The PMT family is fairly large (64 members) and is composed of proteins that transfer a methyl group from the cofactor S-adenosylmethionine (SAM) to lysine and arginine side-chains of histone and non-histone substrates. Lysines can exist in three methylation states (mono, di, and tri-methylation) as can arginines (mono, sym-di, and asym-di-methylation). Most of the lysine methyltransferases contain a SET domain which is responsible for catalytic activity; an exception is DOT1L which is structurally closer to arginine methyltransferases. PMTs are quite specific about the sequence they methylate and the level of methylation is governed by the composition of the lysine-binding pocket. Inhibitors can be peptide-competitive, SAM-competitive, or allosteric (non-competitive with both SAM and peptide) and examples of all three inhibitor types have been co-crystallized with their targets.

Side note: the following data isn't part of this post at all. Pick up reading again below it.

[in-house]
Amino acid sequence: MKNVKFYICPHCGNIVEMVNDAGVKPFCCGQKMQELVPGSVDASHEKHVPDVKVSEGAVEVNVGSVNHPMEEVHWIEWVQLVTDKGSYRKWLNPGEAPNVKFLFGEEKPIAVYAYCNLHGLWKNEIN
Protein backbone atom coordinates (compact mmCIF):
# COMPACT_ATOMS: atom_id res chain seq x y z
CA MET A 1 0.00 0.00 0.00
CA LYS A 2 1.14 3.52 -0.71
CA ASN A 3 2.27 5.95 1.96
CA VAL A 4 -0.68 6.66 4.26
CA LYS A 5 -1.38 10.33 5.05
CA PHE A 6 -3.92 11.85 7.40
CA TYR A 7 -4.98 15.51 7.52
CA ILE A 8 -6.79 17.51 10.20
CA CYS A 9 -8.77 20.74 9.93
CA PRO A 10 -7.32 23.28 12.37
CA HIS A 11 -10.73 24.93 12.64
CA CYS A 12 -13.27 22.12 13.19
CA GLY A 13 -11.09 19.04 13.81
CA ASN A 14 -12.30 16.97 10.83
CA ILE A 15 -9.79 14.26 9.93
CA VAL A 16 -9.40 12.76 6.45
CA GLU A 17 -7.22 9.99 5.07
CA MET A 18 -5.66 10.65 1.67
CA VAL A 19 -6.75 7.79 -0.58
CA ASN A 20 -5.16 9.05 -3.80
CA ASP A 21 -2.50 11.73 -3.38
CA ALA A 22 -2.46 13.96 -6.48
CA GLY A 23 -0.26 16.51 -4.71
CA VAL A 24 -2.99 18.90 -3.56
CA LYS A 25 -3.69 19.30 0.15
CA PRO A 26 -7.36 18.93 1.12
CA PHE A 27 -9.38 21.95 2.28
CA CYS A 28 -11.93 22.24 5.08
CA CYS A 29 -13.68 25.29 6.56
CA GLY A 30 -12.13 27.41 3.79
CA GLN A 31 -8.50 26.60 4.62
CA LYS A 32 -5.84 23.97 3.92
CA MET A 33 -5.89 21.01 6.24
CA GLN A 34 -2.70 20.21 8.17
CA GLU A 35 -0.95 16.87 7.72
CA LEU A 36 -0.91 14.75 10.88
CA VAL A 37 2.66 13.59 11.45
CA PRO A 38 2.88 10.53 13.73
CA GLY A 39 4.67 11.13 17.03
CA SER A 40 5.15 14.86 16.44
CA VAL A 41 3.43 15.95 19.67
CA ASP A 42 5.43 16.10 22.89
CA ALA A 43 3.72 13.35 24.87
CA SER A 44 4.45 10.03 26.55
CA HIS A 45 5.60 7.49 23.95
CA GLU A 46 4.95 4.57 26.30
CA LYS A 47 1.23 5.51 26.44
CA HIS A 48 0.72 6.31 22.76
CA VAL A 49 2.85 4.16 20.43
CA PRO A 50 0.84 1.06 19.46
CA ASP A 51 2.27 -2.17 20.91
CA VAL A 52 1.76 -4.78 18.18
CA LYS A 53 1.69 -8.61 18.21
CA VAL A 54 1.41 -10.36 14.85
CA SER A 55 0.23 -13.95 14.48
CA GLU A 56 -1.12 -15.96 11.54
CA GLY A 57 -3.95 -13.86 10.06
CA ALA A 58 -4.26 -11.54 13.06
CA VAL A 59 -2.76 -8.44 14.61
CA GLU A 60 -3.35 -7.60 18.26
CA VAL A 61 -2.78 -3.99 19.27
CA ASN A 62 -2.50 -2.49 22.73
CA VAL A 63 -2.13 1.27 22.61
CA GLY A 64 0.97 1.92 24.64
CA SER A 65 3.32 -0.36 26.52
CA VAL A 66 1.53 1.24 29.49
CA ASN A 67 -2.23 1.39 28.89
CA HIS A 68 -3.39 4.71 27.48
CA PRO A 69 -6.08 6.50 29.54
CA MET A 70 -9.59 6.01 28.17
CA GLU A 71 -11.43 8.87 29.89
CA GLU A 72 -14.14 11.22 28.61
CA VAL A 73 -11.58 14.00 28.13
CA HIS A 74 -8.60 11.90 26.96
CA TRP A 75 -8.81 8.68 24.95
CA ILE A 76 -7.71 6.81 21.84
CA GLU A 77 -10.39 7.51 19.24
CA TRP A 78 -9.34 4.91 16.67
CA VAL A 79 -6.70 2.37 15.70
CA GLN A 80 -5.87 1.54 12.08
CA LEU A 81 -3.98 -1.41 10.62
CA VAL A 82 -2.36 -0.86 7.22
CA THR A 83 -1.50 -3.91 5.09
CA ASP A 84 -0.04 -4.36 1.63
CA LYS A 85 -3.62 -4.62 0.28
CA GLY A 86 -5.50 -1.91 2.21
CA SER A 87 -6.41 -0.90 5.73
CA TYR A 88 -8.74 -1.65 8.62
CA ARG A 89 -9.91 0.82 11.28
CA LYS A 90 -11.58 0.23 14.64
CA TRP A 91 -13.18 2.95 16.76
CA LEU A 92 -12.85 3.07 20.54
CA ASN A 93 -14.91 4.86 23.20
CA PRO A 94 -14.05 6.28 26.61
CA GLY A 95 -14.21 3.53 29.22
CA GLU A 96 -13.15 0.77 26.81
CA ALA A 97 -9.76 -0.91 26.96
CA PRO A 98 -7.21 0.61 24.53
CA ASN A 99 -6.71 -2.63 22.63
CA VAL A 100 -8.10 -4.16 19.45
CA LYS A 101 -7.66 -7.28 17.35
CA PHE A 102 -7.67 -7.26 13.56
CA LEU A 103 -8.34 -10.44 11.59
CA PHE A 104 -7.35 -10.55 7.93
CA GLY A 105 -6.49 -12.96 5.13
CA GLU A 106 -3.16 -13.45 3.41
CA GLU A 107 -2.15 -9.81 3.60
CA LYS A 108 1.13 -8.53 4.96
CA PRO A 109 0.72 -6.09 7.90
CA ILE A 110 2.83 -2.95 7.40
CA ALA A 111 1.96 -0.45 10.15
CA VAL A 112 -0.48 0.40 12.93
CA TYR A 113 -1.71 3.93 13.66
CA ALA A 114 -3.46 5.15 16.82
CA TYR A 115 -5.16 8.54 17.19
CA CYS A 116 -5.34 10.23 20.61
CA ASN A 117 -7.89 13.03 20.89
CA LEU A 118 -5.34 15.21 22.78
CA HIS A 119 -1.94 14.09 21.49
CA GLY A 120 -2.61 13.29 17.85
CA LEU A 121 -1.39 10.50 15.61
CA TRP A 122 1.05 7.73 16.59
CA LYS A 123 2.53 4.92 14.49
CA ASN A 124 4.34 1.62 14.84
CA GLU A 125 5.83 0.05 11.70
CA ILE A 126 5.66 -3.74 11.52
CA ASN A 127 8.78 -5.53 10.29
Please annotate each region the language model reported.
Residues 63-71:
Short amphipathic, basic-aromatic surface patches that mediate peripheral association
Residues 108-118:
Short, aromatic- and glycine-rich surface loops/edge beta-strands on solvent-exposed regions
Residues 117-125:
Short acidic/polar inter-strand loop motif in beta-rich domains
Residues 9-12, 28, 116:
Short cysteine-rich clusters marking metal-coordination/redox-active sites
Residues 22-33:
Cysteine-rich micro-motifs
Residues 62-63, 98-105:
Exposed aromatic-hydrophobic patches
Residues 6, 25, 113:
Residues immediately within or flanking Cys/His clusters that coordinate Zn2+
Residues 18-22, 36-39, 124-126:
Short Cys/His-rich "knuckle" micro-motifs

Overexpression, gain-of-function mutation, translocation and recruitment at aberrant loci have been reported for many PMTs in diverse cancer types and inhibitors are being pursued as anti-cancer agents. Two classes of compounds have already reached the clinic: a DOT1L inhibitor and several EZH2 inhibitors.